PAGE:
Whereas global carbon dioxide emissions from burning coal have levelled off since 2010, emissions from oil and gas have continued to rise. Despite having a lower carbon dioxide intensity than coal, global carbon dioxide emissions from burning oil are now almost as high as those from coal. Gas has just over half the carbon dioxide intensity of coal and is often marketed as a 'transition fuel'. Whilst it currently causes about half the global carbon dioxide emissions of coal, the emissions from gas are increasing faster than both coal and oil. Furthermore, gas consists predominantly of the powerful greenhouse gas, methane, which evidence shows often leaks during processing, storage or distribution of gas. Opposition and campaigns against fossil fuels have historically been focused primarily on coal, but over recent years this focus has shifted to include oil and gas as well, particularly to the most polluting sub sectors such as tar sands and fracked oil and gas.
The policies adopted by banks over the past few decades regarding fossil fuels mirrors the focus of the opposition to different sectors. Most restrictions have been placed on the financing of coal, with far fewer restrictions being placed on financing oil and gas, excluding the most environmentally destructive forms of oil and gas such as tar sands, Arctic oil and gas, and fracked oil and gas.
Financing of oil and gas
In order to meet the 1.5 degrees temperature goal set in the Paris Climate Agreement, global carbon dioxide emissions must be more than halved from 2010 levels by 2030 and reach ‘net zero’ by 2050. This gives us a 50% chance of staying below a 1.5 degrees temperature increase by 2100. By 2030, emissions from burning oil and gas have to decrease by at least 44% and 39%, respectively. Unfortunately, current policies and pledges will lead to a 16% and 5% increase in oil and gas emissions, respectively, over the next decade.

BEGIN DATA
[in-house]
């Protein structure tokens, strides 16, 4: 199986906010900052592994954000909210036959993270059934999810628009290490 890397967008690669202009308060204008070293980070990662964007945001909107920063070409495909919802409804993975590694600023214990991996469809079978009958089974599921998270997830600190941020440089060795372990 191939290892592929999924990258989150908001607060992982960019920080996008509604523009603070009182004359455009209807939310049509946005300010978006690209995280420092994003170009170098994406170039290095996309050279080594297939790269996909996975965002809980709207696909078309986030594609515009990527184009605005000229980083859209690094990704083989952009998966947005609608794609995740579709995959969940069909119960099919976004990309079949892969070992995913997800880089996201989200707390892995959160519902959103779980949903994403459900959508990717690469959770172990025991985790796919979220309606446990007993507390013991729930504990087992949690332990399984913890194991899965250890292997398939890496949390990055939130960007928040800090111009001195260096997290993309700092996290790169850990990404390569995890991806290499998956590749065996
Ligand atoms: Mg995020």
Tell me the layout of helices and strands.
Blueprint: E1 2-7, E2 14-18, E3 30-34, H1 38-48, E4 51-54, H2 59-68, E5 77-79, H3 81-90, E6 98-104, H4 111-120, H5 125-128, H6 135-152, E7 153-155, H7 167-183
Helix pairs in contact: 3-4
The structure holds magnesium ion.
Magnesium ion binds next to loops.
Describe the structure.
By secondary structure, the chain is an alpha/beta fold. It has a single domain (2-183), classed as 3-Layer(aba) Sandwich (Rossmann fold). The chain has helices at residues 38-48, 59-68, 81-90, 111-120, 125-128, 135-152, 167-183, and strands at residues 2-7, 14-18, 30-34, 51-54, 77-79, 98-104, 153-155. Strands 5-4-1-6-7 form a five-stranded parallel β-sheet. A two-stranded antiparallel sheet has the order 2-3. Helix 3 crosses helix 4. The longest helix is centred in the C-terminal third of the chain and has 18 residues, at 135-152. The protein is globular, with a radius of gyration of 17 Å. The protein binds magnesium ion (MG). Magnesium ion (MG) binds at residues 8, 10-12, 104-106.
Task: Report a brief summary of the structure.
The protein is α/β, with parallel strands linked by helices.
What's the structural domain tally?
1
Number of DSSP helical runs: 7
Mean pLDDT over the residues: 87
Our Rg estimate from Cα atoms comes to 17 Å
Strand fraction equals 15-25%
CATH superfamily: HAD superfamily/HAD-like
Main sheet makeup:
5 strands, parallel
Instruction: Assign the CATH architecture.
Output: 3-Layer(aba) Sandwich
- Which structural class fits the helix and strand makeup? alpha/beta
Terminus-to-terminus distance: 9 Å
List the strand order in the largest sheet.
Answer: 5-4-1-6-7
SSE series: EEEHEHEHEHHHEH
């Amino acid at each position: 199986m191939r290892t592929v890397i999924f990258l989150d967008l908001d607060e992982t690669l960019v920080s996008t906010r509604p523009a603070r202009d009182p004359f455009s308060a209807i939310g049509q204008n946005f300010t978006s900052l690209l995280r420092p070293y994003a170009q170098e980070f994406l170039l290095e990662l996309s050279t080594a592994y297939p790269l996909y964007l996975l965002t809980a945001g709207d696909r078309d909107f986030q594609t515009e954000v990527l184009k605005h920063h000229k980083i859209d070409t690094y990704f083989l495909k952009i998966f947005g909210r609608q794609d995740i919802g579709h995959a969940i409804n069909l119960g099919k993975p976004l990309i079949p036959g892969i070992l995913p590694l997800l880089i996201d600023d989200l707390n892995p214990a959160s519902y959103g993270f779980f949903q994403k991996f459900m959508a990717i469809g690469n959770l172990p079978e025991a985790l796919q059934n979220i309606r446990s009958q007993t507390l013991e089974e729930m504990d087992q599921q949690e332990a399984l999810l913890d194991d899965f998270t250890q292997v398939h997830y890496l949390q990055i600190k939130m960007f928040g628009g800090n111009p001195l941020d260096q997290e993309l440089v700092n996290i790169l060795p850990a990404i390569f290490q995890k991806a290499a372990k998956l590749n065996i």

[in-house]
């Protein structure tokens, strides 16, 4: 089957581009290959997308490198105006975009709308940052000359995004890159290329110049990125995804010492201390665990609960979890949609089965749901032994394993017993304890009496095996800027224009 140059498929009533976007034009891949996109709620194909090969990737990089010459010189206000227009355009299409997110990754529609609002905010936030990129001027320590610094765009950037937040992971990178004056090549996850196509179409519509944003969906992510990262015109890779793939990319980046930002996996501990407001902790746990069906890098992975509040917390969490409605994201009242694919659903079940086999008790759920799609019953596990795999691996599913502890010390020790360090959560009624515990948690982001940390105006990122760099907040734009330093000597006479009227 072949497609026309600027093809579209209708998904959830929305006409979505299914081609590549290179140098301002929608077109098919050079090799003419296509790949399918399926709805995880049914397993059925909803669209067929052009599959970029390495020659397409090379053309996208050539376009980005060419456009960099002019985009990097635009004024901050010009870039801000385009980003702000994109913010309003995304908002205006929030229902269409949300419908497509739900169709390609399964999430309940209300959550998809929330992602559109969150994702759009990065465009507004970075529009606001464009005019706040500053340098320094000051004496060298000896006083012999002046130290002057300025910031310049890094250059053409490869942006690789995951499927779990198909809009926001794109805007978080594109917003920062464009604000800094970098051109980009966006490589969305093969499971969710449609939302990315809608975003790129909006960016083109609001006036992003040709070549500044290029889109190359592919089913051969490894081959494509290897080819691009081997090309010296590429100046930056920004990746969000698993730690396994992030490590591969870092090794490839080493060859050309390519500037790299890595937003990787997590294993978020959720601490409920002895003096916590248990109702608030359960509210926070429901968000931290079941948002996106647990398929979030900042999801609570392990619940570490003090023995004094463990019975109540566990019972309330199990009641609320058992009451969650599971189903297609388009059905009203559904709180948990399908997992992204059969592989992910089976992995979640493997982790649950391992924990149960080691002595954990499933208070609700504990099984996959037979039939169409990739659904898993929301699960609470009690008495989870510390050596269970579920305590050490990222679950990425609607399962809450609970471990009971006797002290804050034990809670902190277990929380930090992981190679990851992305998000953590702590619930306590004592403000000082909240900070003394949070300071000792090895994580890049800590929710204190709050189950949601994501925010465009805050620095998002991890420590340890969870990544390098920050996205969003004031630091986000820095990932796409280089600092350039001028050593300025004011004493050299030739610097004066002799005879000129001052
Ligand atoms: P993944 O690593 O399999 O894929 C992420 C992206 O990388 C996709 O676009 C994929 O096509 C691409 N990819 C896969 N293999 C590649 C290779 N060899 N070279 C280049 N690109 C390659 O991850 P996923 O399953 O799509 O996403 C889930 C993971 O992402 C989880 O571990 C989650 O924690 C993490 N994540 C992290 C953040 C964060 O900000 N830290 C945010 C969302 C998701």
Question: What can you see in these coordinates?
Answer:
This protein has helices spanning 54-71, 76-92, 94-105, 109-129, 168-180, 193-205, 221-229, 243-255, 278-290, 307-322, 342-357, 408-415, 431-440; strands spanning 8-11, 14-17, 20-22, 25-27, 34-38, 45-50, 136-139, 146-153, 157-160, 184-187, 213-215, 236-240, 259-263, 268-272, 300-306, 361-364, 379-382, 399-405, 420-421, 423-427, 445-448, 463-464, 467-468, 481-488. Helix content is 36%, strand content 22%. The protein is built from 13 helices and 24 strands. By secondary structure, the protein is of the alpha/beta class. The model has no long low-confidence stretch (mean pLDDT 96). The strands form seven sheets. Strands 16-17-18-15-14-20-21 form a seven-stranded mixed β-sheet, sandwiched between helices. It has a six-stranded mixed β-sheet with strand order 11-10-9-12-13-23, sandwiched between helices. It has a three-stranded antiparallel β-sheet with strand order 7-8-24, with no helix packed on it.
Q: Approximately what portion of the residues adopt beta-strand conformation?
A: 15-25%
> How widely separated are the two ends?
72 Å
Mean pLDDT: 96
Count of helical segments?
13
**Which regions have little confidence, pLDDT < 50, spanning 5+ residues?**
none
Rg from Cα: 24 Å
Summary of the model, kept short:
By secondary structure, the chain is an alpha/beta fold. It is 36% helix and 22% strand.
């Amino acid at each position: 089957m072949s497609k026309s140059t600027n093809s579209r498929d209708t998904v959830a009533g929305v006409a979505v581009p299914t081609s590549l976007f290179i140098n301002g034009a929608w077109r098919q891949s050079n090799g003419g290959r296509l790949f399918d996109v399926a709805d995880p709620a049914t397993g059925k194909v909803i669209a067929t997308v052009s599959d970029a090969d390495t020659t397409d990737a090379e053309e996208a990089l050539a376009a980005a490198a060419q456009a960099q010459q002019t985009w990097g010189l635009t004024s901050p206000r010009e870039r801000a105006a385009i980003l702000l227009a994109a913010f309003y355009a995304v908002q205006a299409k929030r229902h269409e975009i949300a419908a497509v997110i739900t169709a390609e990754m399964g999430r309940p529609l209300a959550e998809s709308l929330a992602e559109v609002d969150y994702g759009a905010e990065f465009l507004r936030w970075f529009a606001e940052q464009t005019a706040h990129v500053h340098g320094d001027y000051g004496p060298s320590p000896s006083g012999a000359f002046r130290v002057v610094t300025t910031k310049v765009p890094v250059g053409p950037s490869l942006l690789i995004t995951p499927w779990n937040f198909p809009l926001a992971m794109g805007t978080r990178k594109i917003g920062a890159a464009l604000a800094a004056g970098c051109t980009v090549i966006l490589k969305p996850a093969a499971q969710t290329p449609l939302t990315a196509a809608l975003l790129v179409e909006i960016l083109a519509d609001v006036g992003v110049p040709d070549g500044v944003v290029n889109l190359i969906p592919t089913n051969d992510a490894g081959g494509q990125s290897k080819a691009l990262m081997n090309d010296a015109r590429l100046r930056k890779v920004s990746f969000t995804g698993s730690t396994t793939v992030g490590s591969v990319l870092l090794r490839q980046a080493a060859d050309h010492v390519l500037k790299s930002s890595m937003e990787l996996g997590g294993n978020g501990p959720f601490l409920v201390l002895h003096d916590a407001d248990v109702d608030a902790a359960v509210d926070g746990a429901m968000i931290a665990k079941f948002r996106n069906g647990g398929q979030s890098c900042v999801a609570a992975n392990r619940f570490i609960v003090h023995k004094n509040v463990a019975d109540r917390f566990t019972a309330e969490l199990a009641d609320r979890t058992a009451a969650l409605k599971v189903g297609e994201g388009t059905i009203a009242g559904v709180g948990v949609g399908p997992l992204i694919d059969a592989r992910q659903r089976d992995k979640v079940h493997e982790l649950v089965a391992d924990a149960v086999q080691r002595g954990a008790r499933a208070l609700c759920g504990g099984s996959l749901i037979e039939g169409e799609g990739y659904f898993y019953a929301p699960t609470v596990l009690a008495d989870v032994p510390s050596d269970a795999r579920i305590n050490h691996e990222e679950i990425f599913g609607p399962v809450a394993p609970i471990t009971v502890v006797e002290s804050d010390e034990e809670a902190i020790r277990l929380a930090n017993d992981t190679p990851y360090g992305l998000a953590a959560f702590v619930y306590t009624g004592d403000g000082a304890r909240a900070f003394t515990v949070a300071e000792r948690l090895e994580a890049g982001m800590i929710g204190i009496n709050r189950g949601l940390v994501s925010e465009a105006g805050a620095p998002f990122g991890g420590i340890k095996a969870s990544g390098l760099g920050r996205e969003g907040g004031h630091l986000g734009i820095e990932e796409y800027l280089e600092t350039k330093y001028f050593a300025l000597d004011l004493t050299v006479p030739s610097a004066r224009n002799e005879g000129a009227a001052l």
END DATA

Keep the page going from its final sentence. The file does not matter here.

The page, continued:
So current policies and pledges are not even close to being aligned with the goals set in the Paris Climate Agreement, which means that at the very least, no expansion of new fossil fuel reserves and infrastructure can be planned. Banks must therefore end support for all new oil and gas activities and implement a full phase-out for financing oil and gas projects and companies in line with the Paris Climate Agreement.
Since signing of the Paris Climate Agreement, the 60 largest banks in the world have financed key oil and gas sectors with more than USD 1 trillion. The world's four biggest financiers of these key oil and gas sectors are US banks JP Morgan Chase, Citi, Bank of America and Wells Fargo.
See here for banks' exposure to oil and gas sectors in 2016-2021.
Oil and Gas Policy Tracker
Reclaim Finance tracks the oil and gas policies of financial institutions, including banks, in the Oil and Gas Policy Tool. The below shows the assessments for commercial banks. The table can be filtered by Country and for NZBA membership (more on that see here). For more information about the tool and methodology, see www.oilgaspolicytracker.org
Our policy assessments are always a work in progress and we very much welcome any feedback, especially from banks included in them. You can of course also contact us for more information on specific scores and the latest policy changes. Please get in touch at email@example.com.
YPF drilled more than 200 wells in the Allen area and since then there have been explosions, spills and various accidents.
The Dark Side of US LNG is the result of a field mission to the United States to uncover the strong and growing ties between Italy, and in particular Italy's largest banking group, Intesa Sanpaolo, and the American liquefied natural gas (LNG) sector. Interviews by ReCommon. Filming, editing and music: Carlo Dojmi di Delupis. www.recommon.org